Explanation / use of read-only zoning feaure on MDS products

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Jul 14th, 2006
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Does anyone know if the MDS product line will work in this way when licensed with the Enterprise option for the read-only zoning?


I am trying to come up with a solution to provide real-time access to database files for a 2nd server that facilitates reporting applications. If I have LUNs that contain my primary database data and log volumes mapped to one server and create a 2nd read-only zone containing those LUNs, can I map those LUNs to a 2nd server as a kind of virtual/snapshot type instance?


I know that this will throw some odd things at the application side as it may or may not recognize the LUNs at read-only and could store things in temp tables or memory that would be cached and not actual current data but we've dealt with that in our reporting applications in the past utilizing snapshot technology on our storage platform. The downside to using that is in updating the snapshot to more recent copies, you have to at least offline the database to create a new snapshot with the same name/location which introduces interruptions, timeouts, etc.


Any feedback on how the read-only zoning feature is supposed to perform this type of functionality and/or real-world examples of how you are using it would be appreciated.


Thank you,

Justin Loucks

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tblancha Fri, 07/14/2006 - 09:04
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Yes, the intent is to lock secondary devices to read the data but not able to write to it. So, the only caveat is that only certain filesystems are capable of mounting a partition RO. These include FAT16 and the Unix flavors and not NTFS. For a backup scenerio, you might also want to consider an offer we have called NASB. This is where the SSM handles the backup at the scsi level. It is new and you would have to check the OS and sw capatibility for your situation.

JUSTIN LOUCKS Fri, 07/14/2006 - 10:43
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Thanks for the feedback here. This is very helpful. It is a Windows/SQL server that the databases are sitting on so it will be a problem I guess.


Do you know if or think that it would work if the port Spanning type feature allow it to write all contents to a 2nd set of LUNs (kind of like syncronous mirroring in hardware) assuming you start with identical copies of the data on those LUNs. Could I potentially mount the 2nd set of LUNs to a server then or would the spanning session hold primary control to those and force me to do read-only zoning to see them again?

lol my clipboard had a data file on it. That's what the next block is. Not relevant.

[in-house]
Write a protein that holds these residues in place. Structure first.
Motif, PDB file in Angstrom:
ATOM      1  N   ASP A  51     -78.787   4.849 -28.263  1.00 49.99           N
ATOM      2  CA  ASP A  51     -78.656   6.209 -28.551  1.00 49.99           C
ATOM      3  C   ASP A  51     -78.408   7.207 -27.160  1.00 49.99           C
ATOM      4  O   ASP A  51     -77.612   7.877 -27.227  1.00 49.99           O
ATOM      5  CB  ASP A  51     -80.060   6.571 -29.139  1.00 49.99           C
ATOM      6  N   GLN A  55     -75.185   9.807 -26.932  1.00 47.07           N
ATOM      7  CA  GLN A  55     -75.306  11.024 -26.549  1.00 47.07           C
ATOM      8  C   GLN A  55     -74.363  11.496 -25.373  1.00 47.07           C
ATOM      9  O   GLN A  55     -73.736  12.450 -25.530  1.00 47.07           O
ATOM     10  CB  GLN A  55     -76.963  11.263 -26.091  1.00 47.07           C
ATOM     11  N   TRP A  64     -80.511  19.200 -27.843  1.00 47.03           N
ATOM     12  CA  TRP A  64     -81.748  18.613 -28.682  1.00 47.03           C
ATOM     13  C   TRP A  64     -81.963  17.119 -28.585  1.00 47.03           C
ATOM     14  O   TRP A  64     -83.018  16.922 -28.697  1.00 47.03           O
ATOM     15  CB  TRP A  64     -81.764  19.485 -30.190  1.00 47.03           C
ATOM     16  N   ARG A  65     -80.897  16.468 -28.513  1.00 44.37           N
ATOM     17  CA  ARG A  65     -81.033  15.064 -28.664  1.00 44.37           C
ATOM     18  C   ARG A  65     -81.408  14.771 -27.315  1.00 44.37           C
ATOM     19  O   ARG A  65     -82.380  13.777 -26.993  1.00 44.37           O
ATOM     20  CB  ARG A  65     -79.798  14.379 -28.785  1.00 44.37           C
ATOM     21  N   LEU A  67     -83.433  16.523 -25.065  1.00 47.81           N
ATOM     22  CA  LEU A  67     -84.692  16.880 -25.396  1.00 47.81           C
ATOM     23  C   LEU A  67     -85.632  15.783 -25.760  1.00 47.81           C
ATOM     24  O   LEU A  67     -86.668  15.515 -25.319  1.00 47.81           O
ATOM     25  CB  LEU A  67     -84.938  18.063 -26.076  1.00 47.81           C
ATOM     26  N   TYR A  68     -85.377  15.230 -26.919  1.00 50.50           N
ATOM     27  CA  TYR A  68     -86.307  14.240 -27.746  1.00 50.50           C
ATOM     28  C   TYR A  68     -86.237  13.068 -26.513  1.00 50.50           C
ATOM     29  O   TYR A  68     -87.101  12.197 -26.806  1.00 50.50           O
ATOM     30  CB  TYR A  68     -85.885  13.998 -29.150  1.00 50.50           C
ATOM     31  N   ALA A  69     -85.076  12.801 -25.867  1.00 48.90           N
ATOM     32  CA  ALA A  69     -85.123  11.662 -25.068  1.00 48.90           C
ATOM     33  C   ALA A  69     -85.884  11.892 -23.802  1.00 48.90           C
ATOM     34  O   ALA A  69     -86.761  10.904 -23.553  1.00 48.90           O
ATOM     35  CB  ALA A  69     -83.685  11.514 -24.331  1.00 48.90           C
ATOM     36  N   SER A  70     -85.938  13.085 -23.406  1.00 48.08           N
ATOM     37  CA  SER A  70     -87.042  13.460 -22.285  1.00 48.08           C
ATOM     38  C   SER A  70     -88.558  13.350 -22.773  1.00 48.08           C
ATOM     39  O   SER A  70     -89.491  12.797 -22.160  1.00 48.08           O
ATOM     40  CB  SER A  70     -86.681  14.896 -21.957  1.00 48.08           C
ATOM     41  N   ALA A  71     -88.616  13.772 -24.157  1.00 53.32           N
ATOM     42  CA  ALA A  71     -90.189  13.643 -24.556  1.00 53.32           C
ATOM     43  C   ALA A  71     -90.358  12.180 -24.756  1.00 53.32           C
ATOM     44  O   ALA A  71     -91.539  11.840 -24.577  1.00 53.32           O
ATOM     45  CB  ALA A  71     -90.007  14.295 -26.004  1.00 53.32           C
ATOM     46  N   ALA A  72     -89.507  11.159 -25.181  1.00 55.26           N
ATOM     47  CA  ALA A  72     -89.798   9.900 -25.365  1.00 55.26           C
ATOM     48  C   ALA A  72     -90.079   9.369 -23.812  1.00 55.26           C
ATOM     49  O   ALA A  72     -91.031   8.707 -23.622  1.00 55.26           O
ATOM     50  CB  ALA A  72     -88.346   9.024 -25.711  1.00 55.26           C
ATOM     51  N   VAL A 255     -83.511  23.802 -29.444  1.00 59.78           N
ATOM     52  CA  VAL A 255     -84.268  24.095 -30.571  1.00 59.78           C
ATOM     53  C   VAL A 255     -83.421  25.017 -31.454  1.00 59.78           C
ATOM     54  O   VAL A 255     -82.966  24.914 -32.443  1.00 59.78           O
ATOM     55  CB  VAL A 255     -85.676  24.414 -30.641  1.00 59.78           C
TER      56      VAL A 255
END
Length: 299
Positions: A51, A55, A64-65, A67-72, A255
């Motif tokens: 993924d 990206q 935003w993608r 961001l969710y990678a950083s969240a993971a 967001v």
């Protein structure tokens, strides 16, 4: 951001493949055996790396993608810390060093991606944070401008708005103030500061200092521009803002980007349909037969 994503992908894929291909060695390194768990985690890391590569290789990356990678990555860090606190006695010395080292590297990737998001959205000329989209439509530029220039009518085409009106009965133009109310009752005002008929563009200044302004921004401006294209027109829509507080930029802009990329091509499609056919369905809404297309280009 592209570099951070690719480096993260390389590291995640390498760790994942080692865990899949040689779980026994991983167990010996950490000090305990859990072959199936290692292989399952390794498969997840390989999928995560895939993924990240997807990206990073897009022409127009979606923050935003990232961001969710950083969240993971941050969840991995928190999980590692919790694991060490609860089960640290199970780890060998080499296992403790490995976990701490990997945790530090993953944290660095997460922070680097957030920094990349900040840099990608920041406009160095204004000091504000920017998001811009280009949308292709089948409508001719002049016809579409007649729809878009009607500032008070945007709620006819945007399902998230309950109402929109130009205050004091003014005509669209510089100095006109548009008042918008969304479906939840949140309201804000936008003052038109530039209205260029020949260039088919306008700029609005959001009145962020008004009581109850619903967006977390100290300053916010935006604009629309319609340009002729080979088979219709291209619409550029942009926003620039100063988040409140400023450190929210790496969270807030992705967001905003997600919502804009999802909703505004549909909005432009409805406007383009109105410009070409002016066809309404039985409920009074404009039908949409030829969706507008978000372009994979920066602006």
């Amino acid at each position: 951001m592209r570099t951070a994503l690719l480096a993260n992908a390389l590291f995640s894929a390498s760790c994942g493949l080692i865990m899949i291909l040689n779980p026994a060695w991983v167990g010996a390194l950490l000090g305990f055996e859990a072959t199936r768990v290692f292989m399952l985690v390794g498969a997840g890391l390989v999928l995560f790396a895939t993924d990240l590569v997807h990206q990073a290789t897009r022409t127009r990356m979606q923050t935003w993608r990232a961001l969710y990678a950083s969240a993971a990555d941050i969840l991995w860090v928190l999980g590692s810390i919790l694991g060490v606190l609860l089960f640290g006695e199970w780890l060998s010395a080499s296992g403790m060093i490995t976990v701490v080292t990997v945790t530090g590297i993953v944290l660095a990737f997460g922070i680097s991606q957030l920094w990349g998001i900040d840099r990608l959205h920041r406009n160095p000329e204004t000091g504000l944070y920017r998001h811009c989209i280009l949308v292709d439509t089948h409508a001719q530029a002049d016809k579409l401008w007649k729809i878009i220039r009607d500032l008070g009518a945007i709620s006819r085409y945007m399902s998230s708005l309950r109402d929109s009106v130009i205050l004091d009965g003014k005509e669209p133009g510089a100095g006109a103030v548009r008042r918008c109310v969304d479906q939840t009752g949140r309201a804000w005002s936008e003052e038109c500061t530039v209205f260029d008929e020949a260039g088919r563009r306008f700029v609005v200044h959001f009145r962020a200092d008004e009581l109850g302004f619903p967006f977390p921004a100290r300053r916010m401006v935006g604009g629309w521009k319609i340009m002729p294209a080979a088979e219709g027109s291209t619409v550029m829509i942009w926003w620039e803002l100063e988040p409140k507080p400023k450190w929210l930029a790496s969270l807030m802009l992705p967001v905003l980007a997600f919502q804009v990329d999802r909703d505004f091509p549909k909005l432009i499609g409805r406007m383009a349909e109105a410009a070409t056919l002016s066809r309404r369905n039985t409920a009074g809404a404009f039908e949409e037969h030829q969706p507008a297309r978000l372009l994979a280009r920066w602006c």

I know it isn't an optimal solution but I'm just trying to find some way to accomplish this...

JUSTIN LOUCKS Fri, 07/14/2006 - 11:23
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I guess I'm not sure how to read some of this when it references different versions of SAN-OS code and Operating system levels. For instance, in the documenation for SAN-OS 3.0, I found the following:


Read-only volumes are not supported by some operating system and file system combinations (for example, Windows NT or Windows 2000 and NTFS file system). Volumes within read-only zones are not available to such hosts. However, if these hosts are already booted when the read-only zones are activated, then read-only volumes are available to those hosts.


From -- http://www.cisco.com/en/US/products/ps5989/products_configuration_guide_chapter09186a0080662d35.html#wp1136509


Does this mean that as long as it is not my OS boot volume it may work? Also, it references NT and 2000 but not Windows 2003. Perhaps that is something that works differently now. I guess I'll open a case with MS on that to see what they say.


If anyone has already tried this or knows differently, please let me know. I just want to make sure I've exhausted all options here before I resort to Log shipping or some other software based solution.

dmcloon Fri, 07/14/2006 - 18:11
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On Windows 2003, after storing the files on the disk, set each file to read-only by right clicking the file name and ticking the read only file attribute. There is no way in Windows 2003 to set the whole disk as RO, and the read only attribute on a folder is ignored, it's used for other purposes. After making this change in Windows 2003, you can turn on the MDS read only zoning attribute. It does seem rather laborious if you have many files to mark as RO. That is how it was about 2 years ago. I am not sure if Windows 2003 behavior has since changed. This is something you would want to test in a lab.


cheers

Dallas

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